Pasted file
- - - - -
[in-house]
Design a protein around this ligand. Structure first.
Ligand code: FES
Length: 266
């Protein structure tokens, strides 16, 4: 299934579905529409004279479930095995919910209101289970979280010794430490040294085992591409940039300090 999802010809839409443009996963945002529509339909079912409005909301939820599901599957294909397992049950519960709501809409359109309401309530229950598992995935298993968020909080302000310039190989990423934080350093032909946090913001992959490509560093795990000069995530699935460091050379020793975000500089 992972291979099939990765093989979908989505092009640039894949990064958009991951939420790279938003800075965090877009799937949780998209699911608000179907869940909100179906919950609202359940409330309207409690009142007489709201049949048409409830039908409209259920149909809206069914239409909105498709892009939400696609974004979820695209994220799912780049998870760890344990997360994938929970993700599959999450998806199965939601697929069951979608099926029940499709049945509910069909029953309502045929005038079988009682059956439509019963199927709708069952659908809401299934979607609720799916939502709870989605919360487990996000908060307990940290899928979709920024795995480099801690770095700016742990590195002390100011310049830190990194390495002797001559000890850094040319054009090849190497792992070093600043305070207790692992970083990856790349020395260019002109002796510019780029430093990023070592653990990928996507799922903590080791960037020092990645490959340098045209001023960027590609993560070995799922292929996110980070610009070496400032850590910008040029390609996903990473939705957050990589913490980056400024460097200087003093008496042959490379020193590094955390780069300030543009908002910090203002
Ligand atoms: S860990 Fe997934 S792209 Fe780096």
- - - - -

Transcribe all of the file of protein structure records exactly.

[in-house]
Design a protein around this ligand. Structure first.
Ligand code: FES
Length: 266
């Protein structure tokens, strides 16, 4: 299934579905529409004279479930095995919910209101289970979280010794430490040294085992591409940039300090 999802010809839409443009996963945002529509339909079912409005909301939820599901599957294909397992049950519960709501809409359109309401309530229950598992995935298993968020909080302000310039190989990423934080350093032909946090913001992959490509560093795990000069995530699935460091050379020793975000500089 992972291979099939990765093989979908989505092009640039894949990064958009991951939420790279938003800075965090877009799937949780998209699911608000179907869940909100179906919950609202359940409330309207409690009142007489709201049949048409409830039908409209259920149909809206069914239409909105498709892009939400696609974004979820695209994220799912780049998870760890344990997360994938929970993700599959999450998806199965939601697929069951979608099926029940499709049945509910069909029953309502045929005038079988009682059956439509019963199927709708069952659908809401299934979607609720799916939502709870989605919360487990996000908060307990940290899928979709920024795995480099801690770095700016742990590195002390100011310049830190990194390495002797001559000890850094040319054009090849190497792992070093600043305070207790692992970083990856790349020395260019002109002796510019780029430093990023070592653990990928996507799922903590080791960037020092990645490959340098045209001023960027590609993560070995799922292929996110980070610009070496400032850590910008040029390609996903990473939705957050990589913490980056400024460097200087003093008496042959490379020193590094955390780069300030543009908002910090203002
Ligand atoms: S860990 Fe997934 S792209 Fe780096």